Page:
Existentialism in English Literature

Back in prehistoric Greece, Plato and Aristotle assumed that everything had an essence. A certain set of fundamental characteristics that are required for anything to be what it is. That object would be a different thing if those characteristics weren’t present. Now, Plato and Aristotle believed that everything, even ourselves, had an essence and they think that even before we are born, we already contain our essences. Our essence therefore provides us meaning. because our purpose when we are born is predetermined. Essentialism, as it is commonly called, was the dominant worldview until the late 19th century, and many individuals still hold it to this day.

But some intellectuals began to question the notion that humans are endowed with any essence or purpose in the latter half of the nineteenth century. For instance, the German philosopher Friedrich Nietzsche held to nihilism, the idea that existence ultimately has no purpose. But by the middle of the 20th century, a way had been prepared for French philosopher Jean-Paul Sartre to revisit the issue of essence and pose the hypothetical question: What if we exist first? What if we don’t have a purpose built into us from birth? Then it will be up to us to discover our own essences?

Existence Precedes Essence:

The idea that “existence precedes essence” created the foundation for what is now known as existentialism. In other words, our birth comes first, followed by our existence. The choice of who we are then rests with each of us. Through the way we live, we must create our own essence. However, we lack a concrete goal and a fixed course that we must take. The radicalness of this concept at the time is difficult to describe. Because for thousands of years, we were not required to choose a route or discover our meaning. God did that for us. But it’s crucial to understand that existentialism is not the same as atheism.

Existentialism and atheism:

Many existentialists are atheists, but some of them, like Kierkegaard, are believers in God. Theistic existentialists reject the idea that God created the cosmos, our planet, or ourselves with a specific purpose in mind, which is known as teleology. According to them, God may exist, but he doesn’t give us, our life, or the universe purpose. As a result, we are all born into a cosmos in which there is no actual, intrinsic significance for ourselves, our surroundings, or our activities. This is a cornerstone idea of existentialism.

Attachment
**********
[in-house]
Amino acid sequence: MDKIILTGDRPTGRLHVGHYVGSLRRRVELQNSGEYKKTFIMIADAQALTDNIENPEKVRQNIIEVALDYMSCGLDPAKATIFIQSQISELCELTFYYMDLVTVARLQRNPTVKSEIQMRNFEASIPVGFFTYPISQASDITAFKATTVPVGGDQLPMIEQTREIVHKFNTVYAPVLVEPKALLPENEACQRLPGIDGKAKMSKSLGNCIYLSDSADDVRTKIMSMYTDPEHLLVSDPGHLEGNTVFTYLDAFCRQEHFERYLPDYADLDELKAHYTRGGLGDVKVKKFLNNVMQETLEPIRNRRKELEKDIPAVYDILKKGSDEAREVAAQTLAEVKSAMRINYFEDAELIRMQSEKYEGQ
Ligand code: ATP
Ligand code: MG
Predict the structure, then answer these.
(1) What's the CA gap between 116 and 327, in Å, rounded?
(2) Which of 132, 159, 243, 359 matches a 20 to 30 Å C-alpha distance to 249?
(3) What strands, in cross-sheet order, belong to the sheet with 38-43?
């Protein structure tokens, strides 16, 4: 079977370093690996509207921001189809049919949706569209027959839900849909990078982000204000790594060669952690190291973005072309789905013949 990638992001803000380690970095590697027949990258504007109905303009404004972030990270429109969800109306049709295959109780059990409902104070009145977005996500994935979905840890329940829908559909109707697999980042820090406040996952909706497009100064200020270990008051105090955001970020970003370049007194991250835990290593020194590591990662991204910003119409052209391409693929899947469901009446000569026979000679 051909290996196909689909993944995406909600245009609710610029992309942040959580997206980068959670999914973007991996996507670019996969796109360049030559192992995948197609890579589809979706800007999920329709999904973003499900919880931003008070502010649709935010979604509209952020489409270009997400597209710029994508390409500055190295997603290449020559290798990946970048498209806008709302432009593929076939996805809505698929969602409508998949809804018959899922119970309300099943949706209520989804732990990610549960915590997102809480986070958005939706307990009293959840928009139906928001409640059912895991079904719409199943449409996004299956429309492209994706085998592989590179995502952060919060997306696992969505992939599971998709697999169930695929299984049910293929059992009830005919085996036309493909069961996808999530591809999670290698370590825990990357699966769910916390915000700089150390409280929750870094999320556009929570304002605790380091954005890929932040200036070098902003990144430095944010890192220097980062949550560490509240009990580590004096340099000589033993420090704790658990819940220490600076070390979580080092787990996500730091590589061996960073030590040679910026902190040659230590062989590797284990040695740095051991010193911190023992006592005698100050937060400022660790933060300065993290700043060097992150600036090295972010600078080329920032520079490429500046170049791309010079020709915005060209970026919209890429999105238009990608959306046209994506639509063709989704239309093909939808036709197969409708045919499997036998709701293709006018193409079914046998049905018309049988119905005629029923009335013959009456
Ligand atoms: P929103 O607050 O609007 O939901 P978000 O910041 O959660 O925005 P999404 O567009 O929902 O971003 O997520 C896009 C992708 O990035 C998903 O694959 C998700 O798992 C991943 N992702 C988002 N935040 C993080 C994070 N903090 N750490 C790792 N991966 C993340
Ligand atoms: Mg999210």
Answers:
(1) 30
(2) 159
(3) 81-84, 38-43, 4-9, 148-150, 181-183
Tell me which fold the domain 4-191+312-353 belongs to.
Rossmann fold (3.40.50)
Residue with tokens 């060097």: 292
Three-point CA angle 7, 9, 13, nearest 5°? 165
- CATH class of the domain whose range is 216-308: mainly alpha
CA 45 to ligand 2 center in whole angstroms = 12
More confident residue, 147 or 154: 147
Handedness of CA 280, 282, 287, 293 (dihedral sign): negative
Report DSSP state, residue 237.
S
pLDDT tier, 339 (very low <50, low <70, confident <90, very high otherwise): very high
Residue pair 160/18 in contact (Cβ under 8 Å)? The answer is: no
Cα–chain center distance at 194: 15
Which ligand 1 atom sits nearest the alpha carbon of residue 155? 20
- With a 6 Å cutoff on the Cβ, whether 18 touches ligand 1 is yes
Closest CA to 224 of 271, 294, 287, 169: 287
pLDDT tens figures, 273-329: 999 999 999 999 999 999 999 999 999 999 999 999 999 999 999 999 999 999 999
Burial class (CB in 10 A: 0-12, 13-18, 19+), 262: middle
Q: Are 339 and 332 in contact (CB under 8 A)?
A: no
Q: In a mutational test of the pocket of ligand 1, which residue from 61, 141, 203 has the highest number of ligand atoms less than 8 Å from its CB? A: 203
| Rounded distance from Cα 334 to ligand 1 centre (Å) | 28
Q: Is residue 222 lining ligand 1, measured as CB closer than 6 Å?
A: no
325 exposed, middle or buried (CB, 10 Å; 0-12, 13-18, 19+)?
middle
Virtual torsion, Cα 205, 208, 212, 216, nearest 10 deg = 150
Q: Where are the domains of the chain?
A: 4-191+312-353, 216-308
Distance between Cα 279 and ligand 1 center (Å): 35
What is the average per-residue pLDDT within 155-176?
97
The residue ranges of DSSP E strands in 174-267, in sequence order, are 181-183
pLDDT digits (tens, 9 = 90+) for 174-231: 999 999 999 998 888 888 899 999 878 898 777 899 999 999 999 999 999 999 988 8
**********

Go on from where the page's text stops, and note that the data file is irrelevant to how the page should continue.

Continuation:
The main ideas of Existentialism:

Existentialism was first developed by intellectuals like Kierkegaard and Nietzsche in the late 19th century. But it truly came into its own during and after World War II, as the terrors of the mass killings led many people to give up all the beliefs of this organized world. But Sartre tackled meaninglessness directly, and investigates one of the most distressing facets of existentialism. Not the meaninglessness of the world, but its disgusting abundance of liberty or freedom. Freedom seems quite awesome to the majority of us. Sartre, though, felt that we are disturbingly, shockingly free.

Sartre interpreted this to suggest that humans are “condemned to be free,” which he thought was a terrible fate. The authorities we can think of are all fraudulent, despite the fact that you might believe there is one you can turn to for guidance. You can follow your parents’, church’s, or government’s instructions. But according to Sartre, those in charge are essentially just ordinary people like us. People who lack answers had to find their own means of living.

He came to the conclusion that living a genuine life is the finest thing we can really do. This is how Sartre used it to imply that we must fully acknowledge the absurdity of our freedom. We must understand that we are the one who gives our life purpose and meaning. If we choose to follow a route that someone else has given – whether it’s our parents, governmental authority or religion – then we have what he termed “bad faith”, a reluctance to accept the meaninglessness. Living in “bad faith” is equivalent to hiding your head in the sand and presuming that something out there has meaning – meaning that we didn’t give it. 

Many people would assume that existentialism presents a really hopeless view of the world. The French author and philosopher Albert Camus even pushed so far as to claim that the true purpose of life is whatever you’re doing to avoid yourself from committing suicide. However, the majority of existentialists would caution us that purpose can only be given to the world and our life if we choose to give it. If the world is purposeless by nature, we can choose to assign it any purpose we want. No one can thus tell us that our life is worthless if, for example, we don’t have children, don’t have a successful job, or meet the expectations of our parents. This applies to a global scale as well as an individual one.

Existentialism vs. Theatre of absurd:

Absurdity is typically thought of as something ludicrous or ridiculous. However, absurdity is a technical phrase among existentialists. It is how they explain the pursuit of solutions in a world devoid of solutions. We are animals in need of meaning, yet we are left alone in a meaningless cosmos. We scream in the wilderness but receive no answer. But we don’t stop screaming. For an existentialist, that is the epitome of absurdity. The world was not created for a purpose, and it does not exist for a purpose, as there is no teleology. There is also no absolute to follow since there is no reason for everything that happens, hence there is no cosmic justice, fairness, order, or laws.

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